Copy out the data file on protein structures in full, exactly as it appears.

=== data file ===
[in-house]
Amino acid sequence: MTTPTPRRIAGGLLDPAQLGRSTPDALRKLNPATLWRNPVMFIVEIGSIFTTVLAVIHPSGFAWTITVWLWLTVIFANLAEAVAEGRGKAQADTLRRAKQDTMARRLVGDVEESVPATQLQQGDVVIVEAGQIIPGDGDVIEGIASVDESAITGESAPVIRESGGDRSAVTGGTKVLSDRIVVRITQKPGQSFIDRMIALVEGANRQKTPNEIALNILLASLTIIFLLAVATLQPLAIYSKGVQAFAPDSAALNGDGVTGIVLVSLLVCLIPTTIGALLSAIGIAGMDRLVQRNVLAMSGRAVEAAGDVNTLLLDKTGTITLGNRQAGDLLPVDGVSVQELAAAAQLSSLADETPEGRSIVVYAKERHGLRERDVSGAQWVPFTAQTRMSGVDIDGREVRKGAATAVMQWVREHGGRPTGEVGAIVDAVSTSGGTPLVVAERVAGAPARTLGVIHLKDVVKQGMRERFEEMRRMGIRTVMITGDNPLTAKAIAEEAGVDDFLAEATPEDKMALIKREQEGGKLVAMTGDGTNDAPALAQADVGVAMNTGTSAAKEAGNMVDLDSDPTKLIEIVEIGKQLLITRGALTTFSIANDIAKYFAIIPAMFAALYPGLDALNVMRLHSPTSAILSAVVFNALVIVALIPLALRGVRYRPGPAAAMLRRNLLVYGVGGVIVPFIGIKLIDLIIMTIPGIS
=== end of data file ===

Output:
[in-house]
Amino acid sequence: MTTPTPRRIAGGLLDPAQLGRSTPDALRKLNPATLWRNPVMFIVEIGSIFTTVLAVIHPSGFAWTITVWLWLTVIFANLAEAVAEGRGKAQADTLRRAKQDTMARRLVGDVEESVPATQLQQGDVVIVEAGQIIPGDGDVIEGIASVDESAITGESAPVIRESGGDRSAVTGGTKVLSDRIVVRITQKPGQSFIDRMIALVEGANRQKTPNEIALNILLASLTIIFLLAVATLQPLAIYSKGVQAFAPDSAALNGDGVTGIVLVSLLVCLIPTTIGALLSAIGIAGMDRLVQRNVLAMSGRAVEAAGDVNTLLLDKTGTITLGNRQAGDLLPVDGVSVQELAAAAQLSSLADETPEGRSIVVYAKERHGLRERDVSGAQWVPFTAQTRMSGVDIDGREVRKGAATAVMQWVREHGGRPTGEVGAIVDAVSTSGGTPLVVAERVAGAPARTLGVIHLKDVVKQGMRERFEEMRRMGIRTVMITGDNPLTAKAIAEEAGVDDFLAEATPEDKMALIKREQEGGKLVAMTGDGTNDAPALAQADVGVAMNTGTSAAKEAGNMVDLDSDPTKLIEIVEIGKQLLITRGALTTFSIANDIAKYFAIIPAMFAALYPGLDALNVMRLHSPTSAILSAVVFNALVIVALIPLALRGVRYRPGPAAAMLRRNLLVYGVGGVIVPFIGIKLIDLIIMTIPGIS